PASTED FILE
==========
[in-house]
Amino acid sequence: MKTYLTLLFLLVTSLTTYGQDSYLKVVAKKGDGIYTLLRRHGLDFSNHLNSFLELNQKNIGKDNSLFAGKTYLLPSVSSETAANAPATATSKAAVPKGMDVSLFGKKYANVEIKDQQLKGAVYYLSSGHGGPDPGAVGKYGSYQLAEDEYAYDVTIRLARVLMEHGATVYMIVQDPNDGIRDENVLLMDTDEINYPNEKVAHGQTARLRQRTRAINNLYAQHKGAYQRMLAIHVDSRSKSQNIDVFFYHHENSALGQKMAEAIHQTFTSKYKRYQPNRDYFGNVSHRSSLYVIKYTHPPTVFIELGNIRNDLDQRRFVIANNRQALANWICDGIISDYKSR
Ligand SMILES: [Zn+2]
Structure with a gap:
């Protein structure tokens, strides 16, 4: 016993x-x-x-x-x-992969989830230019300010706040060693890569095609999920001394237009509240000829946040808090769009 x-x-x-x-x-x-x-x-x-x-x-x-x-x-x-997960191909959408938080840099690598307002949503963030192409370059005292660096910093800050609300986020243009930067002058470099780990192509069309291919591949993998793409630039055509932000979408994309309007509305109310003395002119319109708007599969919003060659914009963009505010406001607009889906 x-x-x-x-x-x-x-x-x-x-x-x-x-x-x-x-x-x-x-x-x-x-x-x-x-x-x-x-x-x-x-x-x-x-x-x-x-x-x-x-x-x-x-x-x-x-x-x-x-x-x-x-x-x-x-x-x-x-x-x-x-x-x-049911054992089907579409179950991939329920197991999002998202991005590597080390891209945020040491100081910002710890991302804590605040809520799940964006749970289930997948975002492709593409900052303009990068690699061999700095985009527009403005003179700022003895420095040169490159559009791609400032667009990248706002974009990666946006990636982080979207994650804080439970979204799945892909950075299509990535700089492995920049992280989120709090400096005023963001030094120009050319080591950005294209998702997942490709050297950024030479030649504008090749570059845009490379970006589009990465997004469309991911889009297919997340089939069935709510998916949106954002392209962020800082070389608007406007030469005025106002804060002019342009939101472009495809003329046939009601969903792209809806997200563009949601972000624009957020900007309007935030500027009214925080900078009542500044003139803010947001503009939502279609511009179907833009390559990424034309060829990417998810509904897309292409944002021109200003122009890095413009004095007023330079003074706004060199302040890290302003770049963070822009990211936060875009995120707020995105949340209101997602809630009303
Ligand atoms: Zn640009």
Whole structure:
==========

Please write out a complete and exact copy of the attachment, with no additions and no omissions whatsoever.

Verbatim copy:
[in-house]
Amino acid sequence: MKTYLTLLFLLVTSLTTYGQDSYLKVVAKKGDGIYTLLRRHGLDFSNHLNSFLELNQKNIGKDNSLFAGKTYLLPSVSSETAANAPATATSKAAVPKGMDVSLFGKKYANVEIKDQQLKGAVYYLSSGHGGPDPGAVGKYGSYQLAEDEYAYDVTIRLARVLMEHGATVYMIVQDPNDGIRDENVLLMDTDEINYPNEKVAHGQTARLRQRTRAINNLYAQHKGAYQRMLAIHVDSRSKSQNIDVFFYHHENSALGQKMAEAIHQTFTSKYKRYQPNRDYFGNVSHRSSLYVIKYTHPPTVFIELGNIRNDLDQRRFVIANNRQALANWICDGIISDYKSR
Ligand SMILES: [Zn+2]
Structure with a gap:
């Protein structure tokens, strides 16, 4: 016993x-x-x-x-x-992969989830230019300010706040060693890569095609999920001394237009509240000829946040808090769009 x-x-x-x-x-x-x-x-x-x-x-x-x-x-x-997960191909959408938080840099690598307002949503963030192409370059005292660096910093800050609300986020243009930067002058470099780990192509069309291919591949993998793409630039055509932000979408994309309007509305109310003395002119319109708007599969919003060659914009963009505010406001607009889906 x-x-x-x-x-x-x-x-x-x-x-x-x-x-x-x-x-x-x-x-x-x-x-x-x-x-x-x-x-x-x-x-x-x-x-x-x-x-x-x-x-x-x-x-x-x-x-x-x-x-x-x-x-x-x-x-x-x-x-x-x-x-x-049911054992089907579409179950991939329920197991999002998202991005590597080390891209945020040491100081910002710890991302804590605040809520799940964006749970289930997948975002492709593409900052303009990068690699061999700095985009527009403005003179700022003895420095040169490159559009791609400032667009990248706002974009990666946006990636982080979207994650804080439970979204799945892909950075299509990535700089492995920049992280989120709090400096005023963001030094120009050319080591950005294209998702997942490709050297950024030479030649504008090749570059845009490379970006589009990465997004469309991911889009297919997340089939069935709510998916949106954002392209962020800082070389608007406007030469005025106002804060002019342009939101472009495809003329046939009601969903792209809806997200563009949601972000624009957020900007309007935030500027009214925080900078009542500044003139803010947001503009939502279609511009179907833009390559990424034309060829990417998810509904897309292409944002021109200003122009890095413009004095007023330079003074706004060199302040890290302003770049963070822009990211936060875009995120707020995105949340209101997602809630009303
Ligand atoms: Zn640009």
Whole structure: